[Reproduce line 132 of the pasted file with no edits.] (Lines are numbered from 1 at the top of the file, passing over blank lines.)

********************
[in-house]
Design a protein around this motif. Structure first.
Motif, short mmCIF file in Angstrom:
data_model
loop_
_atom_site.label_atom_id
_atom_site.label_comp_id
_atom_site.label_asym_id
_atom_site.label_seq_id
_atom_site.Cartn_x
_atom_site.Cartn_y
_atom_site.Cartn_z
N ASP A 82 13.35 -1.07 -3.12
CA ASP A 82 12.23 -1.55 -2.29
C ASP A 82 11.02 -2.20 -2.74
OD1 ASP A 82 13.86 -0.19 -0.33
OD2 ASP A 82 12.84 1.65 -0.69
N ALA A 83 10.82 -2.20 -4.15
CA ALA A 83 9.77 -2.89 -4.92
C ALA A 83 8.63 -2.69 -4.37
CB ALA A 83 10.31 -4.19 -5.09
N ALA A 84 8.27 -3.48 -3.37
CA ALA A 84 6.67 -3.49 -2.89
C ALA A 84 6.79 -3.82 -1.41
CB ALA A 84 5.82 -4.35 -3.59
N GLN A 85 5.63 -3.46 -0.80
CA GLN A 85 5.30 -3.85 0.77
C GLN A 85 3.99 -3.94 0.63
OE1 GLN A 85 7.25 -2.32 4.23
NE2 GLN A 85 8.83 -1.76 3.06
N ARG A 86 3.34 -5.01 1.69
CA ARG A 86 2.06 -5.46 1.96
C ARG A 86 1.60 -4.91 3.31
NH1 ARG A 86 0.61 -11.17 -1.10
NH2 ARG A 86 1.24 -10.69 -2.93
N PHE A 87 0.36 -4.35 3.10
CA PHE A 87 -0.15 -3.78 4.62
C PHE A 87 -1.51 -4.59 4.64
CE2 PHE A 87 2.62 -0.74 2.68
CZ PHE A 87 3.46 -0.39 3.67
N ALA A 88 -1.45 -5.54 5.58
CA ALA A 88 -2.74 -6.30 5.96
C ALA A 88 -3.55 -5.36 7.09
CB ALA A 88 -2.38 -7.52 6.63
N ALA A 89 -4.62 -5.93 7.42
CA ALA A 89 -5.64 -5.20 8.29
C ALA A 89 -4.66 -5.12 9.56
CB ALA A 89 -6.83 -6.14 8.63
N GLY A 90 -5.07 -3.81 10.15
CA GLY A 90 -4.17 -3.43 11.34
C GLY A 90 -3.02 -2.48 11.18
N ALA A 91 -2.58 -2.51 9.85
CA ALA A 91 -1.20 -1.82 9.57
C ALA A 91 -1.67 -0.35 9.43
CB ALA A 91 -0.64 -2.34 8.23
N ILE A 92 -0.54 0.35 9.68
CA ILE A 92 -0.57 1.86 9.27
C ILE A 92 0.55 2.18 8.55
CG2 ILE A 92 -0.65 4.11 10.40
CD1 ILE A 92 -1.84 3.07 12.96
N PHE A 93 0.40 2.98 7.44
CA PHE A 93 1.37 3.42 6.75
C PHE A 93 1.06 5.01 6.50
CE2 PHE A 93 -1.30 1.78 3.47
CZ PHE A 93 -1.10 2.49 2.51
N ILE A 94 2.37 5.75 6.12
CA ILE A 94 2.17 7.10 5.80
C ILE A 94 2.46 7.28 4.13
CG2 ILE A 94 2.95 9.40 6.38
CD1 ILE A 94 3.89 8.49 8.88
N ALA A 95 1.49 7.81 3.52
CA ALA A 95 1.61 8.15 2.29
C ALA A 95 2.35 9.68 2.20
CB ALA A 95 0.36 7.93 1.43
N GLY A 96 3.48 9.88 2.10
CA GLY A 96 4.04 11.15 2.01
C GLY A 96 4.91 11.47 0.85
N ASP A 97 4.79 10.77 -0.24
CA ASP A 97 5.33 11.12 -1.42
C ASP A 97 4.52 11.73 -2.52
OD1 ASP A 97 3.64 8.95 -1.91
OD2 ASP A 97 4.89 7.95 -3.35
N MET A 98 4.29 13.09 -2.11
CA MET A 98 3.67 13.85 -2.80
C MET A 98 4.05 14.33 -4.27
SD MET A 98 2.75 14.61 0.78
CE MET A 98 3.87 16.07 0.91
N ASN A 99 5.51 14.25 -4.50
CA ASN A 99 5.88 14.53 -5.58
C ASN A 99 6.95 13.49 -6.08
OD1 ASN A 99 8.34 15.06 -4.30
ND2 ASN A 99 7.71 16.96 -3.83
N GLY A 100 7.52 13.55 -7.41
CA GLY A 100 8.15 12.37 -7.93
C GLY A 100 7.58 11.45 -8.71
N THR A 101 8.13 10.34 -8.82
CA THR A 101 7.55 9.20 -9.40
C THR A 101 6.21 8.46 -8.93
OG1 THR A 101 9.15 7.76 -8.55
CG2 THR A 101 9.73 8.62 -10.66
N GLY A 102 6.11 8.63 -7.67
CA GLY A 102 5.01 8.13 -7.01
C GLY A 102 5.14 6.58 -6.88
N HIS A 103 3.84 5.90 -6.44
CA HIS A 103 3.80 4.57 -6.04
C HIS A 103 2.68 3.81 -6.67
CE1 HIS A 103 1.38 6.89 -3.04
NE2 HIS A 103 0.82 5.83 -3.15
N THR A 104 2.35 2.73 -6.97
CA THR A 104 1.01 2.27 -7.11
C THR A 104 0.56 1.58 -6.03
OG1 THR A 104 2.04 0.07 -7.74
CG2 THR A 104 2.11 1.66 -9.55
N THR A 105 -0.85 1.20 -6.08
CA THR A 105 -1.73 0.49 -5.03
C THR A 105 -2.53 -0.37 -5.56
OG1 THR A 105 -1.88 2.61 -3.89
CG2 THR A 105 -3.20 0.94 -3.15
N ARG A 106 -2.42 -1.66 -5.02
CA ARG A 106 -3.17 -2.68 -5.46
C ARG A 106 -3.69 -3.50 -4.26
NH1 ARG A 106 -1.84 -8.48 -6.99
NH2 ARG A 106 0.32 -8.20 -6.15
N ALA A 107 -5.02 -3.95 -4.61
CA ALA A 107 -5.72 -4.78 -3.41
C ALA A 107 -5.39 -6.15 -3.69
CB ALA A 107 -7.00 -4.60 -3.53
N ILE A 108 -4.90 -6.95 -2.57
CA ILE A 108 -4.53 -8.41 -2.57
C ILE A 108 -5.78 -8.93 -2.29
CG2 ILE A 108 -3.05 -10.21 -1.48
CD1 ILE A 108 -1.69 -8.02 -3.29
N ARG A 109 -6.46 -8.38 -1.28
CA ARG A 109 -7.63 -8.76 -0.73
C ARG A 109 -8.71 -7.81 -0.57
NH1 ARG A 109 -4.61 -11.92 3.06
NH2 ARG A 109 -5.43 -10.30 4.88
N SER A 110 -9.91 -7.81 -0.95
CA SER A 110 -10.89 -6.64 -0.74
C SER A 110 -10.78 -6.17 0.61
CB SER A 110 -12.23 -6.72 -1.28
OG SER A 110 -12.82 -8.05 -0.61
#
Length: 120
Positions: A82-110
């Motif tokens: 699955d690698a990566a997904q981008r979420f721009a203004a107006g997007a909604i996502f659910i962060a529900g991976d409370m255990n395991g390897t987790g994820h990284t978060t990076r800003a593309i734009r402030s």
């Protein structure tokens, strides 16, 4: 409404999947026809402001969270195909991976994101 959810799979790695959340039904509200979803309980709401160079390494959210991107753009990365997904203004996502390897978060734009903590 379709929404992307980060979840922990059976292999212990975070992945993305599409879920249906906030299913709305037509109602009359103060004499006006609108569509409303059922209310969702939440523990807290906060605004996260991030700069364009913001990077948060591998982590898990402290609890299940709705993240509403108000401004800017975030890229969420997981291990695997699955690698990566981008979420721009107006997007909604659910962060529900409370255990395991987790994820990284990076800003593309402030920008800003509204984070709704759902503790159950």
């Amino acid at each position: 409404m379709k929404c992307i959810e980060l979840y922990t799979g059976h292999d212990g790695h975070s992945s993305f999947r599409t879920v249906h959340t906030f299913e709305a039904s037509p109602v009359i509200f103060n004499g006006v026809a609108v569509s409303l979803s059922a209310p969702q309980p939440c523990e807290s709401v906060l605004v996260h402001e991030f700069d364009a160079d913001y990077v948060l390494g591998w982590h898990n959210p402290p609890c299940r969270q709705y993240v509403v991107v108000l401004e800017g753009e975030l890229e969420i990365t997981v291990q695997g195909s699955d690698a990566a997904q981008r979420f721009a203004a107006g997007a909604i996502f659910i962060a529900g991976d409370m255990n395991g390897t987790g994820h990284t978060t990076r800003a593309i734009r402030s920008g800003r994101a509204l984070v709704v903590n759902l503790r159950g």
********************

CD1 ILE A 108 -1.69 -8.02 -3.29